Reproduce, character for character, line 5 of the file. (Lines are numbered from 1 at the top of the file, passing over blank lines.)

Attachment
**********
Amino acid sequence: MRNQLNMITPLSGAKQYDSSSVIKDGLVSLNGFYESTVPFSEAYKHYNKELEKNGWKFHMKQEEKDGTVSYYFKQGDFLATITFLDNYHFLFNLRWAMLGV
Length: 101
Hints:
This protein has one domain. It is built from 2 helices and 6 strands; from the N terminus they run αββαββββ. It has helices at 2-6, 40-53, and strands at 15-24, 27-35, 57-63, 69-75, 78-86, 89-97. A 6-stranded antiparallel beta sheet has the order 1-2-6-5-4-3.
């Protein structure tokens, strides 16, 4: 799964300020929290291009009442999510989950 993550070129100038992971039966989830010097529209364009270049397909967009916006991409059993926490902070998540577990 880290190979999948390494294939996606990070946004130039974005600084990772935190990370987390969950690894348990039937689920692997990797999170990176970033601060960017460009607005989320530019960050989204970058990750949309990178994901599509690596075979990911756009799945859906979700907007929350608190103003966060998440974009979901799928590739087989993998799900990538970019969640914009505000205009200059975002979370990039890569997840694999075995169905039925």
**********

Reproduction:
């Protein structure tokens, strides 16, 4: 799964300020929290291009009442999510989950 993550070129100038992971039966989830010097529209364009270049397909967009916006991409059993926490902070998540577990 880290190979999948390494294939996606990070946004130039974005600084990772935190990370987390969950690894348990039937689920692997990797999170990176970033601060960017460009607005989320530019960050989204970058990750949309990178994901599509690596075979990911756009799945859906979700907007929350608190103003966060998440974009979901799928590739087989993998799900990538970019969640914009505000205009200059975002979370990039890569997840694999075995169905039925």